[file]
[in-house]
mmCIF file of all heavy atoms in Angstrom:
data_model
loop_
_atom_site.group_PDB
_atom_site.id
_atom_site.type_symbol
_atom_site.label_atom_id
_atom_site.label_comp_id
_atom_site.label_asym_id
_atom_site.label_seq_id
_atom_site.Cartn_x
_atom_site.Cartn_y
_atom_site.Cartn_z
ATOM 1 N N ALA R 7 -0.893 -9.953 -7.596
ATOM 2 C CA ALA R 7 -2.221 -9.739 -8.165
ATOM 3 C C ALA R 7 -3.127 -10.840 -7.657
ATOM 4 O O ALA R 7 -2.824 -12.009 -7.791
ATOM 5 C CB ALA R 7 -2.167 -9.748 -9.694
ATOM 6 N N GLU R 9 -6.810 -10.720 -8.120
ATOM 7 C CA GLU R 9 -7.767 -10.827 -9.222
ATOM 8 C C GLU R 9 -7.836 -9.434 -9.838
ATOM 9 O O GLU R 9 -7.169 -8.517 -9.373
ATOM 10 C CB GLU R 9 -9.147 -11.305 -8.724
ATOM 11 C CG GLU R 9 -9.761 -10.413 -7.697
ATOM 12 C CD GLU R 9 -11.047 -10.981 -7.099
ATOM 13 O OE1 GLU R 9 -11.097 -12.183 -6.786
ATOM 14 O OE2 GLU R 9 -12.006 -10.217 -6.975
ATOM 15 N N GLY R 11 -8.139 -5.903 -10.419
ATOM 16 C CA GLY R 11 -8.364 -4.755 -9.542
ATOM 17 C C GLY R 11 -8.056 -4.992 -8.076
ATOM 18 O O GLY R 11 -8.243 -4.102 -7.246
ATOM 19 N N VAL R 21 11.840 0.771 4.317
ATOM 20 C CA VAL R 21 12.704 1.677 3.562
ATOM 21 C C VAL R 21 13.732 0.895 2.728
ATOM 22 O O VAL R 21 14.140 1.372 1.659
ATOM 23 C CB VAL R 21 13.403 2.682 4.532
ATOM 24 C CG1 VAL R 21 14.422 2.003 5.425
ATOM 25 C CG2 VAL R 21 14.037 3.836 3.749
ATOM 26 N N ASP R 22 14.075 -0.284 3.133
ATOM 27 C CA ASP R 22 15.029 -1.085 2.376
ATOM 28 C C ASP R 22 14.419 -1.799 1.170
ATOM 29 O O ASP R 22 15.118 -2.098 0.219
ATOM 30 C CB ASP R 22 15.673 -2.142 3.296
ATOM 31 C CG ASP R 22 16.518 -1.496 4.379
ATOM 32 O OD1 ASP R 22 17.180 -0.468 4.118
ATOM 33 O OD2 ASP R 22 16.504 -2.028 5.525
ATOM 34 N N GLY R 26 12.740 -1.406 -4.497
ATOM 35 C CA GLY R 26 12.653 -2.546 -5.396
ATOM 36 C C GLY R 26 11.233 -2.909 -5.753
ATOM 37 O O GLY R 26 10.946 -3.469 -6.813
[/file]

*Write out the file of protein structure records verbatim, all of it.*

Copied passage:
[in-house]
mmCIF file of all heavy atoms in Angstrom:
data_model
loop_
_atom_site.group_PDB
_atom_site.id
_atom_site.type_symbol
_atom_site.label_atom_id
_atom_site.label_comp_id
_atom_site.label_asym_id
_atom_site.label_seq_id
_atom_site.Cartn_x
_atom_site.Cartn_y
_atom_site.Cartn_z
ATOM 1 N N ALA R 7 -0.893 -9.953 -7.596
ATOM 2 C CA ALA R 7 -2.221 -9.739 -8.165
ATOM 3 C C ALA R 7 -3.127 -10.840 -7.657
ATOM 4 O O ALA R 7 -2.824 -12.009 -7.791
ATOM 5 C CB ALA R 7 -2.167 -9.748 -9.694
ATOM 6 N N GLU R 9 -6.810 -10.720 -8.120
ATOM 7 C CA GLU R 9 -7.767 -10.827 -9.222
ATOM 8 C C GLU R 9 -7.836 -9.434 -9.838
ATOM 9 O O GLU R 9 -7.169 -8.517 -9.373
ATOM 10 C CB GLU R 9 -9.147 -11.305 -8.724
ATOM 11 C CG GLU R 9 -9.761 -10.413 -7.697
ATOM 12 C CD GLU R 9 -11.047 -10.981 -7.099
ATOM 13 O OE1 GLU R 9 -11.097 -12.183 -6.786
ATOM 14 O OE2 GLU R 9 -12.006 -10.217 -6.975
ATOM 15 N N GLY R 11 -8.139 -5.903 -10.419
ATOM 16 C CA GLY R 11 -8.364 -4.755 -9.542
ATOM 17 C C GLY R 11 -8.056 -4.992 -8.076
ATOM 18 O O GLY R 11 -8.243 -4.102 -7.246
ATOM 19 N N VAL R 21 11.840 0.771 4.317
ATOM 20 C CA VAL R 21 12.704 1.677 3.562
ATOM 21 C C VAL R 21 13.732 0.895 2.728
ATOM 22 O O VAL R 21 14.140 1.372 1.659
ATOM 23 C CB VAL R 21 13.403 2.682 4.532
ATOM 24 C CG1 VAL R 21 14.422 2.003 5.425
ATOM 25 C CG2 VAL R 21 14.037 3.836 3.749
ATOM 26 N N ASP R 22 14.075 -0.284 3.133
ATOM 27 C CA ASP R 22 15.029 -1.085 2.376
ATOM 28 C C ASP R 22 14.419 -1.799 1.170
ATOM 29 O O ASP R 22 15.118 -2.098 0.219
ATOM 30 C CB ASP R 22 15.673 -2.142 3.296
ATOM 31 C CG ASP R 22 16.518 -1.496 4.379
ATOM 32 O OD1 ASP R 22 17.180 -0.468 4.118
ATOM 33 O OD2 ASP R 22 16.504 -2.028 5.525
ATOM 34 N N GLY R 26 12.740 -1.406 -4.497
ATOM 35 C CA GLY R 26 12.653 -2.546 -5.396
ATOM 36 C C GLY R 26 11.233 -2.909 -5.753
ATOM 37 O O GLY R 26 10.946 -3.469 -6.813